AFM13 Plus AB-101 to Be Tested in Phase 2 Study


The ongoing LuminICE phase 2 study demonstrated that AFM13 in combination with AB-101 may hold promise for the treatment of patients with relapsed or refractory CD30-positive lymphomas.

Lymphomas: © immimagery -

Lymphomas: © immimagery -

The ongoing LuminICE phase 2 study demonstrated that AFM13 in combination with AB-101 may hold promise for the treatment of patients with relapsed or refractory CD30-positive lymphomas, according to data presented at the 2023 American Society of Hematology (ASH) Annual Meeting.

As there are limited treatment options for this patient population, with no standard of care, so finding efficacious treatment options is needed, according to the study authors.

“Although brentuximab vedotin [Adcetris] and PD-1 inhibitors have dramatically impacted the treatment for patients with Hodgkin lymphoma, there is still a need to develop novel agents for patients either with inadequate response to these agents or who are unable to tolerate them,” stated the study’s primary investigator, Allison J. Moskowitz, MD, a lymphoma specialist at Memorial Sloan Kettering Cancer Center.

The main objective of the study is to determine the objective response rate (ORR), the secondary response being safety and immunogenicity (striking an immune response), complete response rate, duration of response, and progression-free survival (PFS).

AFM13 is a bispecific cell engager that interacts with natural killer cells (NK) such as CD16A and CD30 within Hodgkin lymphoma (HL) and peripheral T-cell lymphoma (PTCL) cells. Through this, AFM13 is able to increase NK cell-mediated antibody-dependent cellular cytotoxicity (ADCC).

AB-101 is a non-genetically modified, off-the-shelf NK cell product that came from cord blood. This source of treatment is used to improve ADCC through choice of KIR-B haplotype and CD16 F158V polymorphism.

Prior studies evaluated AM13 in patients with R/R Hodgkin lymphoma and PTCL, concluding that the drug shows positive clinical effects and an efficient safety record. Within a recent phase 1/2 study, AFM13 was administered in combination with cord blood-derived cells in patients with R/R CD30-positive lymphomas. The requested phase 2 dose was given (n=35) and led to an ORR of 94% and a complete response rate (CR) of 71%.

Regarding AB-101, previous studies resulted in strong efficiency against tumor cell lines, and a phase 1/2 trial with AB-101 as monotherapy and in combination with rituximab (Rituxan) concluded that the drug remained well tolerated.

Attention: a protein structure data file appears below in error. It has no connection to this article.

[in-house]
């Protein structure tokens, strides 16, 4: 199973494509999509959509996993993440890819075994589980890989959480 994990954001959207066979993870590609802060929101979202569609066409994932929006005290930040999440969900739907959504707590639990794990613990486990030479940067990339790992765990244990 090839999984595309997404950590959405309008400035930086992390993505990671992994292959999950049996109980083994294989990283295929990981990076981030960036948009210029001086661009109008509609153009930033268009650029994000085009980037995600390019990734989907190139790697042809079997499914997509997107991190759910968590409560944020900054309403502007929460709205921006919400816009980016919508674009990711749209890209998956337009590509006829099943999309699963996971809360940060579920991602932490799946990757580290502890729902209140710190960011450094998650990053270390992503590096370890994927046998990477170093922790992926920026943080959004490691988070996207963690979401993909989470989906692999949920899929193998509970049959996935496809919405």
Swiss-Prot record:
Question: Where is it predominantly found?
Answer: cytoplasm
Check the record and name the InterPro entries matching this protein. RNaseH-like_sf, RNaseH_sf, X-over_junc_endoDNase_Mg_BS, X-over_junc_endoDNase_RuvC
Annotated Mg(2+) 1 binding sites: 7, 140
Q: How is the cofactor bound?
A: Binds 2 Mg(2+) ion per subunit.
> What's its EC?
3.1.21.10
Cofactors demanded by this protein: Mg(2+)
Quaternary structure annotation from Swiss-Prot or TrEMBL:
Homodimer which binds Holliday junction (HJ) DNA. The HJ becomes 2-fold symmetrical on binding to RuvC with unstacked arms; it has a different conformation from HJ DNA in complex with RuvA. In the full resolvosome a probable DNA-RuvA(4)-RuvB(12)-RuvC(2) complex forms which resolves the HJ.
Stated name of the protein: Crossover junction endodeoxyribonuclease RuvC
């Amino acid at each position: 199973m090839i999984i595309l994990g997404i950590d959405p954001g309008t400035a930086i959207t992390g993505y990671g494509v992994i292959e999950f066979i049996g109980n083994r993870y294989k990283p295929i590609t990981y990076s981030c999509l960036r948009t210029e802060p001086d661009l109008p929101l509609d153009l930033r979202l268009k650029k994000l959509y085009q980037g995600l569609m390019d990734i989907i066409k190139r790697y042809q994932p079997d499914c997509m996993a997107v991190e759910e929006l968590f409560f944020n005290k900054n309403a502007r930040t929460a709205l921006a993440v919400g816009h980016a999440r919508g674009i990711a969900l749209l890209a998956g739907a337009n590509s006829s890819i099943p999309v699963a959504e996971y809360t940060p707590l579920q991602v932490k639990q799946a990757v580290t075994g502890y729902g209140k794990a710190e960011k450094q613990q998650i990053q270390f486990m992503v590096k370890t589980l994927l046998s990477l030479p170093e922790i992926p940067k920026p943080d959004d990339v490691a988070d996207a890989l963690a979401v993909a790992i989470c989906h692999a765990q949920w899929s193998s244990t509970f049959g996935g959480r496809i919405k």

The phase 2 trial (NCT05883449) plans to focus on the efficiency and safety of AFM13 plus AB-101 used for the treatment of patients with R/R HL and certain R/R CD30-positive PTCL subtypes. The subtypes that were accepted were angioimmunoblastic T-cell lymphoma, and ALK-positive, and -negative anaplastic large cell lymphoma (ALCL).

“The primary endpoint of the study is to establish overall response rate by PET assessed by an independent radiology committee. Secondary endpoints include safety, overall survival and progression-free survival,” Moskowtiz said.

The includes patients aged ≥18 years, with R/R HL, who have received two prior lines of therapy (which include combination chemotherapy, brentuximab vedotin and checkpoint inhibitors). Furthermore, patients with R/R PTCL possess the CD30 expression of ≥1% by immunohistochemistry and have underwent one line of combination chemotherapy. Patients with ALCL must be intolerant to brentuximab vedotin, while treatment with an anti-cancer agent ≤21 days prior to enrolment, the continuation of toxicity from therapy, central nervous system involvement, and previous treatment with AFM13 or NK cells were excluded.

For the upcoming study, patients will be given the drugs intravenously within the span of 48-day cycles for 3 cycles. A run-in phase was announced as well, which will give patients both AFM13 and AB-101 in 4 cohorts. Fludarabine (30 mg/m 2/day) and cyclophosphamide (300 mg/m 2/day) will be given through an IV from Day −5 to Day −3 at the start of each treatment cycle. Next, AFM13 (200 mg or 300 mg once weekly) will be given, with AB-101 (dose level 1 or 2, see Figure) given 1 hour later per cycle, while being given 6 ×10 6 IU of IL-2 subcutaneously at least 1 hour after each AB-101 dose.1

Cohorts 1 and 2 will begin, following 3 and 4 if the starting cohorts produce accurate conclusions. After cycle 1 is completed, safety and efficiency responses to treatment will be evaluated to determine the dose level to be used within the main study.

An exploratory cohort (cohort 5) will begin enrolment of patients with CD30 + PTCL, and alongside this, efficiency and screening reports will be evaluated on Day 43 (± 3 days) of each cycle.

“If the running cohort in Hodgkin lymphoma meets the protocol safety criteria and exploratory cohort 5 will begin enrollment of patients with CD30+ peripheral T-cell lymphoma. Disease assessment will be conducted at baseline and on day 43 of each cycle and patients will receive up to 3 cycles of treatment,” Moskowitz noted.

1. Moskowitz A, Harstrick A, Emig M, , etl al. AFM13 in Combination with Allogeneic Natural Killer Cells (AB-101) in Relapsed or Refractory Hodgkin Lymphoma and CD30 + Peripheral T-Cell Lymphoma: A Phase 2 Study (LuminICE). Presented at: ASH Annual Meeting. December 9-12, 2023. Abstract: 4855.

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